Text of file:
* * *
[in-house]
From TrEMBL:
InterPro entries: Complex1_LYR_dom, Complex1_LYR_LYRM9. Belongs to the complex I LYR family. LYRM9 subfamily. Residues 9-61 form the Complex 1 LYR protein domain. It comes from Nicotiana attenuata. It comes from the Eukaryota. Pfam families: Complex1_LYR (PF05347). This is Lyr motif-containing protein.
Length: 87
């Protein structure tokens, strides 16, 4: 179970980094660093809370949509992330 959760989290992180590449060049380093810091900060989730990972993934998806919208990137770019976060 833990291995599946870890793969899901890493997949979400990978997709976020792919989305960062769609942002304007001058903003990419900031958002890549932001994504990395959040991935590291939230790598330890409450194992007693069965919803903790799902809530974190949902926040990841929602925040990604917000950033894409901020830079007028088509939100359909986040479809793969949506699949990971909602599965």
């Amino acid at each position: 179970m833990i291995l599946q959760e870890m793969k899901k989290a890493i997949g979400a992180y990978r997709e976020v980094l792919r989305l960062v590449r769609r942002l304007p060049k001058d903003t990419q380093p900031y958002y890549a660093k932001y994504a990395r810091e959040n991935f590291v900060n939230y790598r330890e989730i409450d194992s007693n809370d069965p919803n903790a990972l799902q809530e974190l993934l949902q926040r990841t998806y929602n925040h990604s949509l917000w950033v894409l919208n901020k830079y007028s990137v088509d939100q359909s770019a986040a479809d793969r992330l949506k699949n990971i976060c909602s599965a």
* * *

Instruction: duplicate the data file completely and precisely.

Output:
[in-house]
From TrEMBL:
InterPro entries: Complex1_LYR_dom, Complex1_LYR_LYRM9. Belongs to the complex I LYR family. LYRM9 subfamily. Residues 9-61 form the Complex 1 LYR protein domain. It comes from Nicotiana attenuata. It comes from the Eukaryota. Pfam families: Complex1_LYR (PF05347). This is Lyr motif-containing protein.
Length: 87
């Protein structure tokens, strides 16, 4: 179970980094660093809370949509992330 959760989290992180590449060049380093810091900060989730990972993934998806919208990137770019976060 833990291995599946870890793969899901890493997949979400990978997709976020792919989305960062769609942002304007001058903003990419900031958002890549932001994504990395959040991935590291939230790598330890409450194992007693069965919803903790799902809530974190949902926040990841929602925040990604917000950033894409901020830079007028088509939100359909986040479809793969949506699949990971909602599965």
């Amino acid at each position: 179970m833990i291995l599946q959760e870890m793969k899901k989290a890493i997949g979400a992180y990978r997709e976020v980094l792919r989305l960062v590449r769609r942002l304007p060049k001058d903003t990419q380093p900031y958002y890549a660093k932001y994504a990395r810091e959040n991935f590291v900060n939230y790598r330890e989730i409450d194992s007693n809370d069965p919803n903790a990972l799902q809530e974190l993934l949902q926040r990841t998806y929602n925040h990604s949509l917000w950033v894409l919208n901020k830079y007028s990137v088509d939100q359909s770019a986040a479809d793969r992330l949506k699949n990971i976060c909602s599965a």